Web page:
Wednesday, February 08, 2006

Fact-checker request

Writing about the cartoon brouhaha in today's Opinion Journal, Muslim (I think Persian) Amir Taheri writes:
There is no Quranic injunction against images, whether of Muhammad or anyone else. When it spread into the Levant, Islam came into contact with a version of Christianity that was militantly iconoclastic. As a result some Muslim theologians, at a time when Islam still had an organic theology, issued "fatwas" against any depiction of the Godhead.
I have no animosity toward Taheri, and I hope his assessment of Islam is true, but I've always heard the influence of iconoclasm as going from Islam to Christianity. Which is it? Could it be both? (I've observed these confluent streams in many areas, from philosophy to politics to baby names.) Can anyone suggest any good source material where I could look it up?

Sunday, February 05, 2006

I've been memed!

I've been memed! (First time ever -- I'm very honored)

4 jobs you have had in your life:
  • Telephone receptionist at car dealership (used a PBX system like Lily Tomlin's Ernestine character)

  • College English teacher (freshman composition)

  • Word processor (sounds like something that comes out of a squeeze tube, and sometimes felt like it, too)

  • News editor

4 Movies You Could Watch Over and Over:
  • Steel Magnolias

  • Fantasia

  • Shall We Dance (1937)

  • The Gods Must Be Crazy (and sequel)

4 Places You Have Lived:
  • Milwaukie, Ore.

  • St. Francisville and Baton Rouge, La.

  • Columbia, Mo.

  • Portland, Ore. ("And the end of all our exploring will be to arrive where we started and know the place for the first time.")

4 TV Shows You Love To Watch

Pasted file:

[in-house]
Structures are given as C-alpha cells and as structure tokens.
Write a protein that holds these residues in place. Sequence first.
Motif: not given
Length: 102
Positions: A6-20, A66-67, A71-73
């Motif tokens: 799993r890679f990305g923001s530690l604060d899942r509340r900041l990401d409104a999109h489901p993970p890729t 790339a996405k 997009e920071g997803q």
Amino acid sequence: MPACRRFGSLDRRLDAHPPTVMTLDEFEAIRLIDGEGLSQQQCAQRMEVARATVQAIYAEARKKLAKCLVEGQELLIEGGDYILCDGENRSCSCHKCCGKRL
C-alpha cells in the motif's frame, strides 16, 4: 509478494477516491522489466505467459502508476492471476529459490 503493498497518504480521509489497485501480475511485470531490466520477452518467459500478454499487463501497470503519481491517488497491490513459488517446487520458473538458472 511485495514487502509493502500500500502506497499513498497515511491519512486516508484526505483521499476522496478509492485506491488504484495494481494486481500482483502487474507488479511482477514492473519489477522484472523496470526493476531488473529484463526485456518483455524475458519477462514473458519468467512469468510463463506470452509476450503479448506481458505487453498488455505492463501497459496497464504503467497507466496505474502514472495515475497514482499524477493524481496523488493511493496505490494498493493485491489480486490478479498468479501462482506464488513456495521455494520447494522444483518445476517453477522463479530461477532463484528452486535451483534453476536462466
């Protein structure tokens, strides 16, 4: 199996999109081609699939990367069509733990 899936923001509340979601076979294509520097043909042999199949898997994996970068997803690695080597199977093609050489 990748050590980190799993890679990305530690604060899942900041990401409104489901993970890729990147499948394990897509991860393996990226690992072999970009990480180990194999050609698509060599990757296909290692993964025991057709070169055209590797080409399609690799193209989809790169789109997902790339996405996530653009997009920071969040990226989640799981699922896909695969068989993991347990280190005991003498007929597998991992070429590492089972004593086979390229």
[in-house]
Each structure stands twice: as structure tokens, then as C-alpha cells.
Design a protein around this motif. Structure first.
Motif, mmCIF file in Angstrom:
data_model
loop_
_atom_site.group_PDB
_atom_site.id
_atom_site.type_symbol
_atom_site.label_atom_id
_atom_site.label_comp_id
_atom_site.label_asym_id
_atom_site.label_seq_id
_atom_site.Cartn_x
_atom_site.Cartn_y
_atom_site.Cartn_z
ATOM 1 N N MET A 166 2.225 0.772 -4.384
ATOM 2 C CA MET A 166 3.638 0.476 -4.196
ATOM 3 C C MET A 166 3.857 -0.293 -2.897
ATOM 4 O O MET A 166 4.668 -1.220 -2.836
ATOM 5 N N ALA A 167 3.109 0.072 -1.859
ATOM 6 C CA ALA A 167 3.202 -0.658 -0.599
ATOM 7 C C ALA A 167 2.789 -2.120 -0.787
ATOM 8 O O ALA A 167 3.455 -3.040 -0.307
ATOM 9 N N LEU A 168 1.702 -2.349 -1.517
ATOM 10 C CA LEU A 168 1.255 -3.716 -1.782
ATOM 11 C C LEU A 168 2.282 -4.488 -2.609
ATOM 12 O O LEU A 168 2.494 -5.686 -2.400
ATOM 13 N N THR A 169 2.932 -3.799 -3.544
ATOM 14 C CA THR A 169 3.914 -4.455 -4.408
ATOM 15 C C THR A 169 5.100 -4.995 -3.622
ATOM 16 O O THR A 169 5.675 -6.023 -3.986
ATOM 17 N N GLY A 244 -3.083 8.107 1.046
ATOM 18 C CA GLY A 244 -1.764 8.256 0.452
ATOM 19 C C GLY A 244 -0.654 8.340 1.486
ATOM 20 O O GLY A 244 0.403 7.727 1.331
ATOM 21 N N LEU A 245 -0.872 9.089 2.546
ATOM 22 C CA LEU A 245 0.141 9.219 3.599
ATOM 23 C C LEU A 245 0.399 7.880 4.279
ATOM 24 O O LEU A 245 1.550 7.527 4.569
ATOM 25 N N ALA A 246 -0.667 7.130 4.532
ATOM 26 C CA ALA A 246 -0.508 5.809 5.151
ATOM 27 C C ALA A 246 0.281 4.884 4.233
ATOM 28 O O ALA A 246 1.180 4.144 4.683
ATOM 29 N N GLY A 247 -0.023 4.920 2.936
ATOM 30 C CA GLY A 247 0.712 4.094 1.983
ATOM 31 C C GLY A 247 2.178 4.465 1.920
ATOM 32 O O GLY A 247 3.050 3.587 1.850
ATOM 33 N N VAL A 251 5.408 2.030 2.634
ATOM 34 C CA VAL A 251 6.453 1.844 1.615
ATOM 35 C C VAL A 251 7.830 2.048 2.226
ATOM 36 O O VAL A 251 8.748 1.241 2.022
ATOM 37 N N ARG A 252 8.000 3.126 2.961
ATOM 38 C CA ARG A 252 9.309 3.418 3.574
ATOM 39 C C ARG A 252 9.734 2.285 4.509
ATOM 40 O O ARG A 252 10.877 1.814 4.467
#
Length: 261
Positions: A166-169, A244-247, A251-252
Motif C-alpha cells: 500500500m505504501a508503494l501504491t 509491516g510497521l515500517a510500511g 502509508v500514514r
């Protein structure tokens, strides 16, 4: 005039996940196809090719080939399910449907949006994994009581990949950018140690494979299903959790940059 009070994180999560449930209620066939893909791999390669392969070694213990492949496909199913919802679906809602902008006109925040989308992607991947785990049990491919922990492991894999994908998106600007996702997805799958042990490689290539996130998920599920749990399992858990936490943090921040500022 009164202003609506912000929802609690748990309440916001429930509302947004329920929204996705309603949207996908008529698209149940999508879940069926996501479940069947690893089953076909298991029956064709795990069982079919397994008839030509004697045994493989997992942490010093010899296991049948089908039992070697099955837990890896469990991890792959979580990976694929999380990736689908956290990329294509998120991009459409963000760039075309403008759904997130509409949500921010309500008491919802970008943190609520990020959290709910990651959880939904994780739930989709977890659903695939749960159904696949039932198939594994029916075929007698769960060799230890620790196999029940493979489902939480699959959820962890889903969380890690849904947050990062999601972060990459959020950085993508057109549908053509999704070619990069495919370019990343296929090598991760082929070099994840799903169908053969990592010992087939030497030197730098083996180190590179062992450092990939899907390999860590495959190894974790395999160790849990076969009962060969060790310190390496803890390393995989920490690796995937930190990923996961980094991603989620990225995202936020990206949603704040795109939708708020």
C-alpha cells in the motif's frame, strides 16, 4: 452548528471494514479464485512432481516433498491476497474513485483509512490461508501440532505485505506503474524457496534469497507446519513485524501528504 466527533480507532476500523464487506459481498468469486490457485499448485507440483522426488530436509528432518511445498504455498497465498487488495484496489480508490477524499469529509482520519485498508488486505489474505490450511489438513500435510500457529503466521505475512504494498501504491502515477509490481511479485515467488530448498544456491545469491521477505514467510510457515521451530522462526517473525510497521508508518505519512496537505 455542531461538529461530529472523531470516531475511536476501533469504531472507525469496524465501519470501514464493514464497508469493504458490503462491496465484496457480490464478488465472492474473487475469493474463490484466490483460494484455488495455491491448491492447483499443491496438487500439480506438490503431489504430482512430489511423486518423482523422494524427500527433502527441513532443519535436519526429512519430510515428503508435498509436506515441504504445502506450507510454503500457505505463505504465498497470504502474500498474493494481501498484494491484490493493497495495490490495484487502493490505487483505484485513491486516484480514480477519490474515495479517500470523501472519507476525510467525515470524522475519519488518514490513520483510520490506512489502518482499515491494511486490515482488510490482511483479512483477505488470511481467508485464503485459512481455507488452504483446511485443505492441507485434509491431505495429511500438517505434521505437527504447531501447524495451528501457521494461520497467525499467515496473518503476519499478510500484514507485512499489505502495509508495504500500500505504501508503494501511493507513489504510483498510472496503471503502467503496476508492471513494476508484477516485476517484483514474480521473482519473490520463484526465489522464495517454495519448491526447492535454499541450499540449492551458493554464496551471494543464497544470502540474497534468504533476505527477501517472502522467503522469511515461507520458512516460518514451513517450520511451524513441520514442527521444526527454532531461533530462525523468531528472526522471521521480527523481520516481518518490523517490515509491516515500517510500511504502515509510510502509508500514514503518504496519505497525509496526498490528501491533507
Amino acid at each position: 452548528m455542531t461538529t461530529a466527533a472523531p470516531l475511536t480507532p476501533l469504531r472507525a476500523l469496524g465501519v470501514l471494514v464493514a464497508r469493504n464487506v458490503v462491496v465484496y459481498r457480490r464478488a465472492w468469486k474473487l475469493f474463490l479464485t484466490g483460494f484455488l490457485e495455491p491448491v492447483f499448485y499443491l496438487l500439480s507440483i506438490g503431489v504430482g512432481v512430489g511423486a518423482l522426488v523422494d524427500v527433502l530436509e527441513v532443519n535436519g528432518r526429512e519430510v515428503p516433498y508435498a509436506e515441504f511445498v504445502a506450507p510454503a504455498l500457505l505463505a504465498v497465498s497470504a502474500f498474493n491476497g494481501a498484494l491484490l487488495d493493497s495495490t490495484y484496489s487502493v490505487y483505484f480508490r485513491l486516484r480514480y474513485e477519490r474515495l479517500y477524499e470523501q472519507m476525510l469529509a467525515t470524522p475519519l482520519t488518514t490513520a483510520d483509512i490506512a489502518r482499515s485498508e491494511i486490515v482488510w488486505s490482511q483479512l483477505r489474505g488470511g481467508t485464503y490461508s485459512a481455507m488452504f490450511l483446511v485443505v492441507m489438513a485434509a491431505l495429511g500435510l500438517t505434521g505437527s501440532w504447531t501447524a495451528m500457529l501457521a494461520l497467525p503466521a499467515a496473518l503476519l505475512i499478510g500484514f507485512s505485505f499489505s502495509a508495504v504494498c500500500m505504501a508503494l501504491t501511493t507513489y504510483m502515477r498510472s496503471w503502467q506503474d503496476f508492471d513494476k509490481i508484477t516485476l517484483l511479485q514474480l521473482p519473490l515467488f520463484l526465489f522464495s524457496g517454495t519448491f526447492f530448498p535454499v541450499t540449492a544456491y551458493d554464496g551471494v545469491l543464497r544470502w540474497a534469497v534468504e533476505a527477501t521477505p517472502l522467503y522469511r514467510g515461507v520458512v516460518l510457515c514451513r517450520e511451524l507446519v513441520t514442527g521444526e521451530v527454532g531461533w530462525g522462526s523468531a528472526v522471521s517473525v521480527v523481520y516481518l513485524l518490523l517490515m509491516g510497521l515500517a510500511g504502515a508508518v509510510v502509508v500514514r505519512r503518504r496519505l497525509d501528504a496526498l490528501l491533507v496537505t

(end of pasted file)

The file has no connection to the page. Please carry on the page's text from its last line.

• Stargate SG-1

  • Dead Zone

  • Um

  • Uh

4 Places You Have Been On Vacation
  • Oregon (from Louisiana)

  • Louisiana (from Oregon)

  • Ozarks (from central Missouri)

  • San Juan Islands, Wash.

4 Websites You Visit Daily:

4 Of Your Favorite Foods
  • Anything Greek

  • Butter beans with bacon

  • My first four-napkin hamburger after Lent

  • Latte

4 Places You Would Rather Be Right Now

4 Bloggers You Are Tagging

Saturday, February 04, 2006

Dialects brown and pink

I'm listening to a murder mystery on CD by Walter Mosley, titled Fear Itself, set in the brown community of Los Angeles of the 1950s. The POV character is a very literate bookstore owner who grew up in New Iberia, La. His friend and fellow hero is a less-educated man whose point of origin I seem to have missed. The POV character runs across people who have moved to LA from Mississippi, Illinois, Tennesee, as well as pink people.

The reader, Don Cheadle, does a great job of all the dialects. The author mentions what a variety of colors "Negroes" have in the 1950s, and the reader captures those colors in his voice.

The odd thing is that he doesn't do pink people as well. When brown actors or comedians try to imitate pink people, they tend to overemphasize their Rs, and the rhythm is just a little too clipped. It's not that brown people can't speak in a way that's indistinguishable from pink people -- see Condoleeza Rice (no politics, please, I'm just talking about dialects here) -- but in my experience, when I've heard people deliberately trying to "talk white," they didn't quite pull it off -- in the same way that some northern actors have trouble talking "southern" and pinks don't do a convincing job of "talking black" (although since I'm not an aficionado of rap and hiphop, that may have changed without my knowing it).

Maybe the problem is that there is no one "white" dialect, just as there's no one "black" dialect or one "Southern" dialect or one "Northern" dialect. When I went to school in Baton Rouge, La., I could tell what high school kids went to after just a couple of minutes of hearing them talk.